A word to the wise: Most drinking games are not meant to kill you with alcohol. But, since this is a George R. R. Martin drinking game, most participants will be dead long before reaching the Hand’s Tourney.
Take a shot every time:
Ned gets himself into trouble by actually having moral standards.
Arya whispers her hit list to herself before bedtime.
Arya thinks about the central importance of Needle and Syrio Forel.
Sansa misjudges someone.
Littlefinger says something archly.
King Robert avoids actually doing any ruling.
Joffrey torments peasants/relatives/Sansa.
Jon Snow sulks about being a bastard or declares: “I am a man of the Night’s Watch.”
Daenerys Targaryen is naked.
Daenerys does something really honourable and you kinda want her to conquer the world.
Tyrion uses the word “whore,” has sex with a whore, or is gentlemanly to a whore.
Tyrion does something that seems brilliant, but later on you’ll find out it was a huge mistake.
Cersei makes an obviously terrible decision and later you find out that it was, indeed, a terrible decision.
Cersei tells someone to “Get out!”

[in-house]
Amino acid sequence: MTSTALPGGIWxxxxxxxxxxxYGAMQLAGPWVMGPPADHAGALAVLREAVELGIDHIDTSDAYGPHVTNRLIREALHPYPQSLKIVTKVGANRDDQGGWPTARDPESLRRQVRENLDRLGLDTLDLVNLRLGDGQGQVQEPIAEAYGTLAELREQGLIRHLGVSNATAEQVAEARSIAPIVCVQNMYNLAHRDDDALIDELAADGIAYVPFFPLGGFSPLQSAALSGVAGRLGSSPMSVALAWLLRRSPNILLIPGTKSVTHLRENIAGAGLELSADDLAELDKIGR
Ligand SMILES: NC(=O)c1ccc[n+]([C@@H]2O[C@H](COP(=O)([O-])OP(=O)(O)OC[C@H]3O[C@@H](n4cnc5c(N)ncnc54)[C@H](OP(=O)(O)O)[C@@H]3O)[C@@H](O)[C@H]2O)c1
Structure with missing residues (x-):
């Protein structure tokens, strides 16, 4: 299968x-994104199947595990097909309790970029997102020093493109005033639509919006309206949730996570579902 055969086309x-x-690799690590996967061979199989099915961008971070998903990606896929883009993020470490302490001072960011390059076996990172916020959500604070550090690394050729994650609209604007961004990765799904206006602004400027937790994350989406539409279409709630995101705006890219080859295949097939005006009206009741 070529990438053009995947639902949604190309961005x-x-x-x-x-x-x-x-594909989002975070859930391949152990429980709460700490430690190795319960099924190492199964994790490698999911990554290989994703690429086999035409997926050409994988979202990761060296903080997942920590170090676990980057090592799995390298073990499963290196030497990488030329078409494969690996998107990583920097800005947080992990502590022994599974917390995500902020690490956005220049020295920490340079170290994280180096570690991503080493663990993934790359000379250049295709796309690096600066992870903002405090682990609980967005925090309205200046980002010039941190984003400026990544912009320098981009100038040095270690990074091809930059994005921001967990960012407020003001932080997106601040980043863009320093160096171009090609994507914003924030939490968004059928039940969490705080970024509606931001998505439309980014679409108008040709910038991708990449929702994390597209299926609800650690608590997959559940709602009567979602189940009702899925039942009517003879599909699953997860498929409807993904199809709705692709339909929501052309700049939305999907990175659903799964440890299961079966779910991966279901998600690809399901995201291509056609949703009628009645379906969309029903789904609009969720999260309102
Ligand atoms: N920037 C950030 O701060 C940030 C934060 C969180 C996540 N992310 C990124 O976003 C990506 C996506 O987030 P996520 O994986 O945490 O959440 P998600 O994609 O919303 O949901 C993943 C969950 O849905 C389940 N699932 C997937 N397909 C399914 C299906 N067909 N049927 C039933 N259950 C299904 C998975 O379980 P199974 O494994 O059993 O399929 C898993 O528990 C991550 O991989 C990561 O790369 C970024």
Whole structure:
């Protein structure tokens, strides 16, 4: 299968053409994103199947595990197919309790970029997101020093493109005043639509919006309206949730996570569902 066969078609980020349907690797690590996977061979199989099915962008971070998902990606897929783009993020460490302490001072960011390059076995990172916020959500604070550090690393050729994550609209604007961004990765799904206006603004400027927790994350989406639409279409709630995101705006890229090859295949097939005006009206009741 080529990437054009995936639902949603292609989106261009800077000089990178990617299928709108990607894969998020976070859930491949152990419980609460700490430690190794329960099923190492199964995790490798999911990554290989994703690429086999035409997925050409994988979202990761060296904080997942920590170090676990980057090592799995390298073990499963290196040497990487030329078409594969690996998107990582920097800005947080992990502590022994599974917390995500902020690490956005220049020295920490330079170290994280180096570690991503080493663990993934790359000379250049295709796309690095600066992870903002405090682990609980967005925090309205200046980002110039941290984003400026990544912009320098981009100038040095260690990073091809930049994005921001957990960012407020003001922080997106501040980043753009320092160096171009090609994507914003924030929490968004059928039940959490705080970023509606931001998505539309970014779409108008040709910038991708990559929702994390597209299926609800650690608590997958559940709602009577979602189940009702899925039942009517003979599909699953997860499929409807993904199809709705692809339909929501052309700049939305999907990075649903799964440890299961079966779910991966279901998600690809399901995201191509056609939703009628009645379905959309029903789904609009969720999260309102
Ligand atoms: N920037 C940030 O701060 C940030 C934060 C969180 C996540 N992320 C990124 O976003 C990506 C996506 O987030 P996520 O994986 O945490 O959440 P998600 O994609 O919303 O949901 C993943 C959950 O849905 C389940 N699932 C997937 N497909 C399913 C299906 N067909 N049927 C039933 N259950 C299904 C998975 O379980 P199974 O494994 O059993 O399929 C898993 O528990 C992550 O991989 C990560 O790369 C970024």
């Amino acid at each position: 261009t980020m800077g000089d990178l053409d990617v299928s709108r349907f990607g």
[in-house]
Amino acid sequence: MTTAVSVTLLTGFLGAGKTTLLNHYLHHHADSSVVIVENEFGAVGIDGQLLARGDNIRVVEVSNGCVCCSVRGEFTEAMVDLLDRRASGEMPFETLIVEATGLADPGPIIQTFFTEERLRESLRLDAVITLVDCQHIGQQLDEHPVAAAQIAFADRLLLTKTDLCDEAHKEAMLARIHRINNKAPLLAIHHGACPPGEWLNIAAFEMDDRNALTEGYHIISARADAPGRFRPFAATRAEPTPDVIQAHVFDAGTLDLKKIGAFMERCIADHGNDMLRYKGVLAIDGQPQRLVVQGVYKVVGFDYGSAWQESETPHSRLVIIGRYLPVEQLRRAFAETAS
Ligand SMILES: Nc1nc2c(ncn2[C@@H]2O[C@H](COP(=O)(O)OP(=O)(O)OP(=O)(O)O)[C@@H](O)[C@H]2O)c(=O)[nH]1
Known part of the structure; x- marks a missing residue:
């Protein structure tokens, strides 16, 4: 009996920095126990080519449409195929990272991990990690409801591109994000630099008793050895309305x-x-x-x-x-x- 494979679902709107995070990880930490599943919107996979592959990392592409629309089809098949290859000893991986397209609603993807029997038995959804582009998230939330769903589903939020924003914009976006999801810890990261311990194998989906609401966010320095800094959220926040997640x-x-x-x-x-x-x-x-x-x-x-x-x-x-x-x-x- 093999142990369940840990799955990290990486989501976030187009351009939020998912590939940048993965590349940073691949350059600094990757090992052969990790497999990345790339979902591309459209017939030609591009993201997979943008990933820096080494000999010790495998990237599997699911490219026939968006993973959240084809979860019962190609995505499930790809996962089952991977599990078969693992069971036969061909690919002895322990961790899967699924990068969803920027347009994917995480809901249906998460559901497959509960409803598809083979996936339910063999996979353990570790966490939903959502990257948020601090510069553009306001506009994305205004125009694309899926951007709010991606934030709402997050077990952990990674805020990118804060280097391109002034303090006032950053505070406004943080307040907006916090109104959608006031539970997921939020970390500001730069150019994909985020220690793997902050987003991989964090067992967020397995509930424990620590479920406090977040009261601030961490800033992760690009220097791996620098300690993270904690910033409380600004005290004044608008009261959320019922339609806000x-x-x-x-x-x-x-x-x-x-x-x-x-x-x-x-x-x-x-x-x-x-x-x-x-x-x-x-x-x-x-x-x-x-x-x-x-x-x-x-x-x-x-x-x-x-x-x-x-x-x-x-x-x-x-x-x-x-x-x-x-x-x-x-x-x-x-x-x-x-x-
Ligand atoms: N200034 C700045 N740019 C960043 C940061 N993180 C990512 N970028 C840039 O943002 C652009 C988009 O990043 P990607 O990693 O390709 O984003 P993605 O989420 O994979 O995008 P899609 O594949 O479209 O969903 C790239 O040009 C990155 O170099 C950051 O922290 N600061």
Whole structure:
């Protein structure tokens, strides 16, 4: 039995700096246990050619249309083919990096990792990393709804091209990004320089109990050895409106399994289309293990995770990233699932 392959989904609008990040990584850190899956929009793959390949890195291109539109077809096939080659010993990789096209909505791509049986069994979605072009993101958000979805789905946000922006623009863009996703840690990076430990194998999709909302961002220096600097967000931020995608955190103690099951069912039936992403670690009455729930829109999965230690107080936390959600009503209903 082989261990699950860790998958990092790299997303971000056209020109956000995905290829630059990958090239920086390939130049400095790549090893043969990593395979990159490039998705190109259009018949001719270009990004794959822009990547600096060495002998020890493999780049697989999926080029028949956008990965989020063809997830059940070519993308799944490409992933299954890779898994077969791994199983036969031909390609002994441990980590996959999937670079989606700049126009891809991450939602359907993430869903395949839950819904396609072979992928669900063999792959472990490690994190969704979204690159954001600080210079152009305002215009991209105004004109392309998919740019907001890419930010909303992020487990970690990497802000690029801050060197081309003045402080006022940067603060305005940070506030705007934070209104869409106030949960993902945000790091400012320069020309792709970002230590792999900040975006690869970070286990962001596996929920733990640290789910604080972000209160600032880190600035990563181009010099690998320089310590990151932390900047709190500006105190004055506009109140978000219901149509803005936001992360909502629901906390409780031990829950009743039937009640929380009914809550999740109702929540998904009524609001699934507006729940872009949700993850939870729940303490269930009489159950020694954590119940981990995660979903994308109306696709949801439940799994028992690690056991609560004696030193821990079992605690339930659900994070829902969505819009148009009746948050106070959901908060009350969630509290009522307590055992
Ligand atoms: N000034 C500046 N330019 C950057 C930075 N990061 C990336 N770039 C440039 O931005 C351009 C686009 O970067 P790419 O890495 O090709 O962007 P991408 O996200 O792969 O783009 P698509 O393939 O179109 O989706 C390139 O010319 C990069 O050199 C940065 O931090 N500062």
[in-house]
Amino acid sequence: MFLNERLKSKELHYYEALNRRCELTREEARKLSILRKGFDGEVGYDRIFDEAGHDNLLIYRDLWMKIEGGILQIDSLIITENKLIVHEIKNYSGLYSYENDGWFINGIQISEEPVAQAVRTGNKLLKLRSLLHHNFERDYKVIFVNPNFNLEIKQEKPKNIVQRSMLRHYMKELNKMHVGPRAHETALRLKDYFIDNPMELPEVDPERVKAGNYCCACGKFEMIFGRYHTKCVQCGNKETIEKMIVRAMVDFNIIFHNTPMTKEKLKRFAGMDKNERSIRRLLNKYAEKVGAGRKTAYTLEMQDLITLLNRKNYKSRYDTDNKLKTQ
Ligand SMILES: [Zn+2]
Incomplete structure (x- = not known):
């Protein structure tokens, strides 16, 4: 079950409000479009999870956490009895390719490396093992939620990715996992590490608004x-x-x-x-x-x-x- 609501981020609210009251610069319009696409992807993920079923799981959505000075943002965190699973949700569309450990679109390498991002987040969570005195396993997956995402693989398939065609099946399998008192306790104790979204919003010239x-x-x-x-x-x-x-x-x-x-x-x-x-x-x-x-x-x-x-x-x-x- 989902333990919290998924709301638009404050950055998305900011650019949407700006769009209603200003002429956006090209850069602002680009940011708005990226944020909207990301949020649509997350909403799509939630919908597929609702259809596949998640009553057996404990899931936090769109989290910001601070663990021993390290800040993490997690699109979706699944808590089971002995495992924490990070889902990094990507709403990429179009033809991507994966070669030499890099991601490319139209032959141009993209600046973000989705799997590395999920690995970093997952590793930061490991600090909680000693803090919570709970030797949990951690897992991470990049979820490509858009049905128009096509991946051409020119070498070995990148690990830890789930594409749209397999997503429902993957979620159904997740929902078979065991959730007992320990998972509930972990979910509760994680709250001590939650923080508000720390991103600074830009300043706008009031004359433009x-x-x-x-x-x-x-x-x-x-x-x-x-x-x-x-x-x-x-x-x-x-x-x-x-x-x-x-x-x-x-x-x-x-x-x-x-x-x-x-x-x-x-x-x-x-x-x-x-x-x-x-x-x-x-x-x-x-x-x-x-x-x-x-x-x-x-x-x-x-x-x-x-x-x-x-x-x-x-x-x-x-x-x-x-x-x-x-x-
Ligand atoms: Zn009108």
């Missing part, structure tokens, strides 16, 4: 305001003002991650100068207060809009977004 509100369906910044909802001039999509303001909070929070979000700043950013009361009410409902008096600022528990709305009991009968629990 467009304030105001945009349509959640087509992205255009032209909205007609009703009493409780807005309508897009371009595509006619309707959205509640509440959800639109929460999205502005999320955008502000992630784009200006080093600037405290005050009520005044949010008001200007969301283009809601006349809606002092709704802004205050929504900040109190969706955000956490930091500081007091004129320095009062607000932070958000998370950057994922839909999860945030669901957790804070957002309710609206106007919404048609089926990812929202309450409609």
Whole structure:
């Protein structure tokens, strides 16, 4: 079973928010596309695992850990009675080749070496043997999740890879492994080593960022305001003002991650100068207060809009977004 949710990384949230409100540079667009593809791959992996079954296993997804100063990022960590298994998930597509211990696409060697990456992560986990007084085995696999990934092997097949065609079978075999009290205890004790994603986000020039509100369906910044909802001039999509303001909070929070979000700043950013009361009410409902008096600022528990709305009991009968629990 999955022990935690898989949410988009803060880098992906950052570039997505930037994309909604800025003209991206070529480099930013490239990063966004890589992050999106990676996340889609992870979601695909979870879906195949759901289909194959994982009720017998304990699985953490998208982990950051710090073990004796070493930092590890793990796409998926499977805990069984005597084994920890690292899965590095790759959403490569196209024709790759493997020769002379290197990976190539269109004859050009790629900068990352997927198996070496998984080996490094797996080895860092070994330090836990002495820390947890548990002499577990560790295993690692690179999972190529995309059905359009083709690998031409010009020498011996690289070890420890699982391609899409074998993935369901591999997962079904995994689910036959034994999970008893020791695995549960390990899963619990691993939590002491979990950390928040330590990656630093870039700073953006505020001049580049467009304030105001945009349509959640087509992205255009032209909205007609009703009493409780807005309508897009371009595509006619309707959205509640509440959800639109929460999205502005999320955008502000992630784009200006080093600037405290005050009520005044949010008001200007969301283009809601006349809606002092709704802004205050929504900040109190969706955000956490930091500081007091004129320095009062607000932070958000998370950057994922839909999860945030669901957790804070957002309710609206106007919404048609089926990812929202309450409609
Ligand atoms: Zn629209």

Cersei thinks evil thoughts about the Tyrells.
You find yourself more inclined to like Varys than the person speaking to him does.
Catelyn is tired of being left behind or ordered to go somewhere she doesn’t want to.
Catelyn takes the law into her own hands.
A Dire Wolf kicks ass and takes names.
King Stannis complains that he should be more popular than he is.
Davos Seaworth tells Stannis when he’s being a jerk, and Stannis loves him for it.
A character that is terrified of Melisandre and wants to kill her also makes mental note of how sexy she is.
Someone calls Brienne of Tarth a wench and disparages her looks.
You’re freaked out by the kid who is waaaay too old to still be nursing.
The White Walkers cause some consternation.
Jamie did that? I didn’t think he’d to that!
Take two shots every time:
Someone takes dream wine or milk of the poppy for medicinal purposes.
Someone turns down dream wine or milk of the poppy to keep a clear head.
Travellers arrive at a town and it has been burned to the ground or abandoned.
Someone from King’s Landing belittles the men of the Night’s Watch for believing in Grumpkins and Snarks.
Someone says one of the following:
“Winter is coming”
“A Lannister always pays his debts”
“You don’t want to wake the dragon, do you?”
“Dark wings, dark words.”
“But Aegon the Conqueror had dragons!”
“What is dead may never die.”
“You know nothing, Jon Snow.”
“For the night is dark and full of terrors.”
Someone references his/her nameday.
A major character is maimed or killed.
A minor character’s sigil is described in detail.